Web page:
As a young conservative thinker on the rise, Tal Fortgang will no doubt soon be surrounded by left-leaning peers, especially if he ever finds himself in a newsroom, where liberal privilege goes unchecked. Some of them will be smarter than him, some of them will be idiots, and all of them will challenge his beliefs. If he's serious about continuing to write critically, he should want to expose himself to as many diverse experiences and as much pushback as possible. (Vaguely related: he should travel, ASAP.)

Anyway, one bit of advice for this guy: stick with whatever you're doing. Maybe one day you'll become a libertarian.

There are clear and present advantages to being born and continuing to be recognized as a (cisgender heterosexual) white man in America. (Shutterstock)

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A 20-year-old college freshman who wrote an essay for one of his college publications has been interviewed on Fox News, written about in The New York Times and had his essay republished by Time magazine. Yet he doesn’t understand why anyone thinks he benefits from white male privilege.

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Tal Fortgang of Princeton University wrote the piece, “Why I’ll Never Apologize for My White Male Privilege,” as a response to the (according to him) many people on his campus who tell him to “check [his] privilege” when engaging in debates. But Fortgang doesn’t want to check his privilege. He doesn’t want to acknowledge that his privilege exists. He would like to keep going through life believing that everything he and other white men like him have achieved is the result of their own hard work.

Or, if not the result of their own hard work, then that of their ancestors. Fortgang’s rebuttal to the idea that he is privileged as a white man in America was to tell the story of his grandfather who escaped Poland after the Nazi invasion, as well as his grandmother who survived a concentration camp, then made it to the United States and started a “humble wicker basket business.” Fortgang’s father “worked hard enough in City College to earn a spot at a top graduate school, got a good job, and for 25 years got up well before the crack of dawn, sacrificing precious time he wanted to spend with those he valued most—his wife and kids—to earn that living.” He challenges us, after telling these stories, “Now would you say that we’ve been really privileged?”

Fortgang’s essay is part of the reason you can count me among the camp that believes we should spend less time discussing privilege. It’s not that it’s not a useful concept. There are clear and present advantages to being born and continuing to be recognized as a (cisgender heterosexual) white man in America. But the discussion has its limitations.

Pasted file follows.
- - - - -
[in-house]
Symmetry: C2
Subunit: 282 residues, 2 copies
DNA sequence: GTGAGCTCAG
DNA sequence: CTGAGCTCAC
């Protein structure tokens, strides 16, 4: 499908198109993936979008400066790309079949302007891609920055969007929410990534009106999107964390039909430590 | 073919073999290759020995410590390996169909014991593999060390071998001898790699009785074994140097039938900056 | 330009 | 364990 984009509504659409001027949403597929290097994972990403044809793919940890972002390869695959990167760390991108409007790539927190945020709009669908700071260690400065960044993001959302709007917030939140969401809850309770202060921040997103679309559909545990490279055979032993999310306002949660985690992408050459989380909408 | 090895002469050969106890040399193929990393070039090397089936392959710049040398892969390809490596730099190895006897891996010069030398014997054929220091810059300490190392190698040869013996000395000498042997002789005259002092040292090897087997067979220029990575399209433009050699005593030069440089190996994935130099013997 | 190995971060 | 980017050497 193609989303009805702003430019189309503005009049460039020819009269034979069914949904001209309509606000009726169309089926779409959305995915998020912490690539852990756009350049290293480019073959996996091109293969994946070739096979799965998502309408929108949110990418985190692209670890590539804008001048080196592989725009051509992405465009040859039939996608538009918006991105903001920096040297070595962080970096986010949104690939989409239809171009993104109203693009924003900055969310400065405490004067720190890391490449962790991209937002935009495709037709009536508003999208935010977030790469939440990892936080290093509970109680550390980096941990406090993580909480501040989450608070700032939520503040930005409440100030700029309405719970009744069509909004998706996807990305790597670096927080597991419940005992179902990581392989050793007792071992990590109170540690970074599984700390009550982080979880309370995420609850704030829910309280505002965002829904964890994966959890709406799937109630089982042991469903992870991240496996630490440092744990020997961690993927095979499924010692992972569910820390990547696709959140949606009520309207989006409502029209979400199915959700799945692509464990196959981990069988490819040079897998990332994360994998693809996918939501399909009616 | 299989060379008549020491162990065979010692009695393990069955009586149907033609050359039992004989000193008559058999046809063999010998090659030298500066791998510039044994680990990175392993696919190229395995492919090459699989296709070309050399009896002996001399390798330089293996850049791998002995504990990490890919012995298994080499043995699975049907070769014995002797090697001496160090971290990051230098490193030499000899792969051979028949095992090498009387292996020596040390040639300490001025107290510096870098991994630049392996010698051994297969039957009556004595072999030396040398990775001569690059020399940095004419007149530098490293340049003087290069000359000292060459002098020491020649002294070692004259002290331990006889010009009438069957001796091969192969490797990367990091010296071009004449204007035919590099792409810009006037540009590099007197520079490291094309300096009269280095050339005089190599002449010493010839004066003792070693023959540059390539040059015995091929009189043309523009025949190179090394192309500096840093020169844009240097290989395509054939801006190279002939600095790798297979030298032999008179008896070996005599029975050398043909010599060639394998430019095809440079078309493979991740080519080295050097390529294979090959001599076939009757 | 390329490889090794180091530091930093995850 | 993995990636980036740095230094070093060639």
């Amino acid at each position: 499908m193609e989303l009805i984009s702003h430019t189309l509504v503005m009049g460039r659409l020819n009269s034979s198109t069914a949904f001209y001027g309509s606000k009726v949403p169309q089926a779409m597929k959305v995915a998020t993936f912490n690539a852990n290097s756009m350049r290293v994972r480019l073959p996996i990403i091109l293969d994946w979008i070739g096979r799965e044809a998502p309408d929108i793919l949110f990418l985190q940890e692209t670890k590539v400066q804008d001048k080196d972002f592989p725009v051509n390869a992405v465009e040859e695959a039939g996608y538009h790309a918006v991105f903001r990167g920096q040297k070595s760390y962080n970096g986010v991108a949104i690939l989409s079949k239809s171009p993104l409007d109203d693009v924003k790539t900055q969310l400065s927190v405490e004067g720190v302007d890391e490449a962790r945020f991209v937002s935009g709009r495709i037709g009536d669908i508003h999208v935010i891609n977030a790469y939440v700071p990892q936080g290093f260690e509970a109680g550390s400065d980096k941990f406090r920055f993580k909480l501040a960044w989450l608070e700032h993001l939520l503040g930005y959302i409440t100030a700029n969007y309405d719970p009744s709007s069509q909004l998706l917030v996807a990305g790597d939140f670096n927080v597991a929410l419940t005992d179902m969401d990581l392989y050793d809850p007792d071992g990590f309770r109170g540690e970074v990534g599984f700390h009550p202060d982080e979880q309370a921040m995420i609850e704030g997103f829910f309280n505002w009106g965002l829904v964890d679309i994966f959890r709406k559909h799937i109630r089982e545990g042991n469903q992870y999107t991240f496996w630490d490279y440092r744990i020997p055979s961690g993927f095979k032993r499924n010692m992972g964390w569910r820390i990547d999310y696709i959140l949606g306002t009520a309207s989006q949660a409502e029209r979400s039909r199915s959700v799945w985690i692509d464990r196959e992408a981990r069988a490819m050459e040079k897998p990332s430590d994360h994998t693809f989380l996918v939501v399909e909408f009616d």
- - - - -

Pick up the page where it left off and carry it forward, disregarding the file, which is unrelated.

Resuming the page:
This paragraph from Fortgang is a prime example:

I do not accuse those who “check” me and my perspective of overt racism, although the phrase, which assumes that simply because I belong to a certain ethnic group I should be judged collectively with it, toes that line. But I do condemn them for diminishing everything I have personally accomplished, all the hard work I have done in my life, and for ascribing all the fruit I reap not to the seeds I sow but to some invisible patron saint of white maleness who places it out for me before I even arrive. Furthermore, I condemn them for casting the equal protection clause, indeed the very idea of a meritocracy, as a myth, and for declaring that we are all governed by invisible forces (some would call them “stigmas” or “societal norms”), that our nation runs on racist and sexist conspiracies. Forget “you didn’t build that;” check your privilege and realize that nothing you have accomplished is real.

When people with privilege hear that they have privilege, what they hear is not, “Our society is structured so that your life is more valued than others.” They hear, “Everything, no matter what, will be handed to you. You have done nothing to achieve what you have.” That’s not strictly true, and hardly anyone who points out another’s privilege is making that accusation. There are privileged people who work very hard. The privilege they experience is the absence of barriers that exist for other people.

In Fortgang’s telling of his family’s history, he fails to recognize that it is his grandfather’s proximity to whiteness that afforded him his opportunities here in America. It made his story possible. It doesn’t mean there has never been any discrimination or hatred of Jewish people, but that Jewish identity doesn’t present the same obstacles to whiteness, and therefore power and privilege, as, say, if Fortgang’s grandparents had been fleeing German occupation in Namibia.

There are no American institutions of power that are, whether by law or by custom, founded on wholesale discrimination against white men. That’s not the case for the rest of us. For white men born in or welcomed into this system, it is an unearned privilege.

Fortgang can go through his years at Princeton—or better, the rest of his life—and never have to acknowledge that, let alone apologize for it. But no one is asking him to. An apology would be useless. If a discussion about privilege serves any purpose, it is so that the privileged recognize their own and are then compelled to work to dismantle the structures that have bestowed privilege upon them. In order to do so, one would have to recognize the call to “check your privilege” as less of a personal attack, because it is not. It’s a wake-up call to action.